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Horner: 2017 F1 technical regulations a ‘compromise’

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Christian Horner believes that the proposed technical regulations for Formula 1 in 2017 do not go far enough, calling them a “compromise”.

F1 bosses are in the process of finalizing the revised technical rules for next season as they look to improve the on-track racing with a set of new radical regulations.

Officials are targeting an increase of pace of five seconds per lap by increasing the downforce and mechanical grip that cars can have.

With an agreement not being struck at the last F1 Commission meeting in Geneva at the end of February, the FIA postponed finalizing the new regulations until the end of April.

Speaking to the official F1 website, Horner said that the teams know the majority of the new regulations and will likely already be making plans for next season.

“It was planned for the end of February, but because nobody can decide these days it was postponed until April,” Horner said.

“As we already know with a fair degree of certainty what the regulations are for next year, I should think all teams are now balancing their resource between 2016 and 2017.”

Horner said that the new regulations were the result of a compromise, with his belief being that they are not radical enough.

“The cars will have more downforce, more mechanical grip. They will look more aggressive and be more of a challenge for the drivers,” Horner said.

“It is not carried as far as we would have liked – it’s a compromise solution – so let’s see.

“It is better than standing still.”

The 2017 F1 sporting technical regulations are set to be finalized on April 30.

Helio Castroneves ‘hustling’ for IndyCar, IMSA rides; talking with four to five teams

Helio Castroneves IMSA IndyCar
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As his season gathers steam, Helio Castroneves said his prospects for finding new rides for 2021 in IMSA and IndyCar also are gaining momentum.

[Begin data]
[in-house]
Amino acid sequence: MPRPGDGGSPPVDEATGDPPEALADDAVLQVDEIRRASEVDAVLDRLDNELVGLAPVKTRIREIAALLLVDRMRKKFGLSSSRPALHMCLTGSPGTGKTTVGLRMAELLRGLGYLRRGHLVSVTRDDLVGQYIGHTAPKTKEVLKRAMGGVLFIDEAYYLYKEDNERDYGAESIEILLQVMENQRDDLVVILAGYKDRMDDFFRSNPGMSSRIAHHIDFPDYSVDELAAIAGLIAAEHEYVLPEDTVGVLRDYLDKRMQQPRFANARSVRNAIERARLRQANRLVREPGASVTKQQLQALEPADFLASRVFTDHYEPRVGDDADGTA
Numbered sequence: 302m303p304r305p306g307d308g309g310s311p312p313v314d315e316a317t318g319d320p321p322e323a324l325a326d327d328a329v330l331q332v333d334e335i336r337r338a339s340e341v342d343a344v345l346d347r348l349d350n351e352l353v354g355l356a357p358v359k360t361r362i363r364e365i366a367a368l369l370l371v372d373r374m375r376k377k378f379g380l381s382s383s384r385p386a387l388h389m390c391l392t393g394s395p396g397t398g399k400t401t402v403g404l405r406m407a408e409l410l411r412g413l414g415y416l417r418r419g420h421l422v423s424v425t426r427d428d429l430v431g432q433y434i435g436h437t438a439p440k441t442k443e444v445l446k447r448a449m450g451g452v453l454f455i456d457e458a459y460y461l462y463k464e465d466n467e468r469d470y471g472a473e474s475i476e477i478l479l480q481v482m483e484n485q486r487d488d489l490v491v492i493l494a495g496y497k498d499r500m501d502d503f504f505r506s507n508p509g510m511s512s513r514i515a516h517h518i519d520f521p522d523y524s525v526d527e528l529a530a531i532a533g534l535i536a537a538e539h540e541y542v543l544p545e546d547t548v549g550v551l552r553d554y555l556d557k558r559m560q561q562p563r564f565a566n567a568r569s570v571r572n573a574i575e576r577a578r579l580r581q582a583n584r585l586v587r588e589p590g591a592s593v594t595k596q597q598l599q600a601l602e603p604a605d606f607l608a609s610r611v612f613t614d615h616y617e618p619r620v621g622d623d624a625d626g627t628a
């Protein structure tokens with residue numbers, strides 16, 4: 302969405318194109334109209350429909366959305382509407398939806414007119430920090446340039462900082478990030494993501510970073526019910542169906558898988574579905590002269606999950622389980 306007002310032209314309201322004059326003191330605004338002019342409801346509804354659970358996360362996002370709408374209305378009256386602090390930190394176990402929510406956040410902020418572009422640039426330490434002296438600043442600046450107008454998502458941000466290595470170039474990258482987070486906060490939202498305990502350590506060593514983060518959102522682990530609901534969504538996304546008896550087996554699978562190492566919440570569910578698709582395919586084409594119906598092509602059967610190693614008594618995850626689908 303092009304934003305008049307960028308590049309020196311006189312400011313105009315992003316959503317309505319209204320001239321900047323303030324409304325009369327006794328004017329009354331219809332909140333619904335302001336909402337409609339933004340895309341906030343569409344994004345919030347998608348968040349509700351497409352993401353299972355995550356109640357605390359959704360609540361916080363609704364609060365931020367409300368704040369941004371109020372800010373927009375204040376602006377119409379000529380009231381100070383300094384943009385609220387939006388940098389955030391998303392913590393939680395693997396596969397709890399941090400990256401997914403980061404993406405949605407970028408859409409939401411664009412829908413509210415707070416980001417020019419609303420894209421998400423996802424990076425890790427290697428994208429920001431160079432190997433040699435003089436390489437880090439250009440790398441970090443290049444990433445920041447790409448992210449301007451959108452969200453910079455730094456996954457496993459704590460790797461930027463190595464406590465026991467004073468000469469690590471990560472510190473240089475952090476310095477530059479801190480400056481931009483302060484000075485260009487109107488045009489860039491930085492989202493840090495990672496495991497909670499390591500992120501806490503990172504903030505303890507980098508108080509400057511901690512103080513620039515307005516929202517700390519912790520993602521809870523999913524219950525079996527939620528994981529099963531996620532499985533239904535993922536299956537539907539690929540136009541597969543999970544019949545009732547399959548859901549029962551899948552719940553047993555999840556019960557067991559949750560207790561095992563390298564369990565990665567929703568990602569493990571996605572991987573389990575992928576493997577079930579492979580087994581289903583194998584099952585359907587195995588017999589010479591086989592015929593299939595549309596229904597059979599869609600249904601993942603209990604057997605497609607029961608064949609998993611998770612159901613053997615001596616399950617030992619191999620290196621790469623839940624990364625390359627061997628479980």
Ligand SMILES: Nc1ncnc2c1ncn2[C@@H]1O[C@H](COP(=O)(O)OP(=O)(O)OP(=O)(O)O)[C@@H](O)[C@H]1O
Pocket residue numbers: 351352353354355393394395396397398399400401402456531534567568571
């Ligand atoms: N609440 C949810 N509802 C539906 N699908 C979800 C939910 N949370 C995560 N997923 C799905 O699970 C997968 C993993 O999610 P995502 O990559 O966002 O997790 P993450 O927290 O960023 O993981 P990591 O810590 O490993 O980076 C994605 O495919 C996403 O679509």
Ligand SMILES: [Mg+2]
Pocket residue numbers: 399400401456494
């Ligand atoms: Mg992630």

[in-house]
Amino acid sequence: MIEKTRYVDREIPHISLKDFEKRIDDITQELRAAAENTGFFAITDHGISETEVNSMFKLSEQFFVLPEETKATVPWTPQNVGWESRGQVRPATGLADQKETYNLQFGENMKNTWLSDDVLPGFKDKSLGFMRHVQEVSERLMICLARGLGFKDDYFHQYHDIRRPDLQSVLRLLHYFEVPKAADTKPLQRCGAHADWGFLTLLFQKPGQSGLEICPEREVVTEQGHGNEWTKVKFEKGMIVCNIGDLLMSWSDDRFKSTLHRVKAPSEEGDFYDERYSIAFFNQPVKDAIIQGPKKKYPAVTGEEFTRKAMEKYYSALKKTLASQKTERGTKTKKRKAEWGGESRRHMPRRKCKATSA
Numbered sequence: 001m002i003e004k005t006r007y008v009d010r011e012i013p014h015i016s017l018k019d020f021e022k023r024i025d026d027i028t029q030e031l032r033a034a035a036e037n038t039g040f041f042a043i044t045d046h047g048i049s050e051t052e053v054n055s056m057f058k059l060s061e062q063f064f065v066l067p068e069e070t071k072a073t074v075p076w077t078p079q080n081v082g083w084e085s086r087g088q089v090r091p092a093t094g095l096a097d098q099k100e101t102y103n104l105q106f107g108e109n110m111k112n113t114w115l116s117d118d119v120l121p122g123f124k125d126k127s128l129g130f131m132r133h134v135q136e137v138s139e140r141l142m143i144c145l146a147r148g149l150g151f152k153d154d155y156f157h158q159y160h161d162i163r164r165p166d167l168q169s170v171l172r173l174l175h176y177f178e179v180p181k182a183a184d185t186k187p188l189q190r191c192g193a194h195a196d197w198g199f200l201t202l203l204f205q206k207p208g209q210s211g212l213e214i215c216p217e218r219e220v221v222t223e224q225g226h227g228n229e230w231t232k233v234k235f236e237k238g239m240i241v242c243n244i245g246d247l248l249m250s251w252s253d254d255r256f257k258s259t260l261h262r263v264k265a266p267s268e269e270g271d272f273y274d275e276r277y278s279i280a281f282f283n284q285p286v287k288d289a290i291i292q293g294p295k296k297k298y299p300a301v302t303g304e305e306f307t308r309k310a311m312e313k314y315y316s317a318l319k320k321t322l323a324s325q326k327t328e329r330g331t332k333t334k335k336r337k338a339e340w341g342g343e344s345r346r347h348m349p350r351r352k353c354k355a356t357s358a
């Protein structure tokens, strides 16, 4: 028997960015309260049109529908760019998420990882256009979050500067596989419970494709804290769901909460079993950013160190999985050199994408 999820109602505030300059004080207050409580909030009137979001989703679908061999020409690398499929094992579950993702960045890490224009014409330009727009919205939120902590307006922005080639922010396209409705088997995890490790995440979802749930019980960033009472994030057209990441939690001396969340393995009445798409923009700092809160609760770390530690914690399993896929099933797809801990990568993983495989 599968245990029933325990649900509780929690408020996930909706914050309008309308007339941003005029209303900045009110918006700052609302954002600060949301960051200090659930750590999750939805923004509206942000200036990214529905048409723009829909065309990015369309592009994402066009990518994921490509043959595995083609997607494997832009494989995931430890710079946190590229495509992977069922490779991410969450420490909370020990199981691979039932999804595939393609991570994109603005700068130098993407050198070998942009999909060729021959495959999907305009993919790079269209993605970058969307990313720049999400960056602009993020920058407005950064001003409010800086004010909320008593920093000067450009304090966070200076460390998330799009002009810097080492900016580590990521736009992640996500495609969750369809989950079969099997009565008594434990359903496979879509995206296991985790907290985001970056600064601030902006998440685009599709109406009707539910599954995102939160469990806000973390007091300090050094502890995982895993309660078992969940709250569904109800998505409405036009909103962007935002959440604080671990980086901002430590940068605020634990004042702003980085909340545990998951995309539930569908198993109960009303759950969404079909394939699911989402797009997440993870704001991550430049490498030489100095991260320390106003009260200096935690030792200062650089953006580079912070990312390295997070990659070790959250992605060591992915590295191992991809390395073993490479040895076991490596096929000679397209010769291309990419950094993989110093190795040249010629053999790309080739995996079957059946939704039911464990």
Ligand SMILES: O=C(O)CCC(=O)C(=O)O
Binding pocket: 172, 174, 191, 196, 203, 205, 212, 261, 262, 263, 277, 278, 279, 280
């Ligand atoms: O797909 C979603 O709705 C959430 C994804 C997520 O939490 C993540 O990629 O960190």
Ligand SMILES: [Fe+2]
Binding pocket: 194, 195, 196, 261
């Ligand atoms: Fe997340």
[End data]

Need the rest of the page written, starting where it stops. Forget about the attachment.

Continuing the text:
The three-time Indianapolis 500 winner said Monday he is optimistic about landing in either or perhaps a combination of both series when Team Penske and Acura end their DPi partnership after this season.

“A lot of people I spoke with, four to five teams, are interested,” Castroneves said. “Whether it’s doing Indy 500 only, whether it’s pushing to do full time or do the sports cars as well. It’s been a very nice conversation.

LOOKING AHEADTeam Penske drivers seeking new rides for 2021

“I have a lot of respect for all the teams that have been talking, and I feel the same feedback. We just have to wait for their (sponsor) connections, and I’m also looking for some connections on my side as well, so hopefully we’ll be able to put this together and get something very soon.”

Given two decades of success with Penske in IndyCar and IMSA, Castroneves’ resume hardly needs burnishing. But the Brazilian has combined with co-driver Ricky Taylor in the No. 7 Acura DPi to win the past two overall victories at Road America and Michelin Raceway Road Atlanta.

But Castroneves, who doesn’t have a manager, said he has been working the phones hard rather than wait for the strong results to bring in the calls.

“At this point, I feel like I’m the one who needs to be talking to them because people need to know I want to continue racing and understand my desire,” Castroneves, 45, said. “There is opportunity, no question, in both (IndyCar and IMSA), which I’m really happy about it. However, because of the COVID-19, a lot of things sometimes have to be a little delayed. But I’m excited. Whatever the opportunity and whatever destiny guides me, whether IndyCar or sports cars, trust me I’ll be as happy as it could be and doing my 100 percent like I always did.

“It’s like politics, you need to be out there, good news or bad news. People have to make notice of your presence. I’m hustling. I want to continue to keep it going. Hopefully, we’ll have good news very soon.”

The news has been all good lately on track for Castroneves and Taylor, who hope to continue their run Sunday at Mid-Ohio Sports Car Course.

The No. 6 duo has surged to sixth in the IMSA WeatherTech SportsCar Championship standings, 10 points out of the lead with four races remaining. After thinking there was “no hope” to be competitive after opening the season with three consecutive poor finishes, Taylor now sees an opportunity for a happy ending.

“With the program going away, Helio has won all the big races and given so much back to the team and left such a mark, he’s really part of Penske history,” Taylor said. “For me, it’s been an opportunity of a lifetime to be a part of it. I’d like to leave my little mark as well. Helio has won everything except for a championship.

“Obviously, we’ve won races already together, but we can win a championship now. I think if both of us can do that together and both win our first championship for ‘The Captain,’ that would be an absolute dream come true, and we can tie a bow on it and be happy.”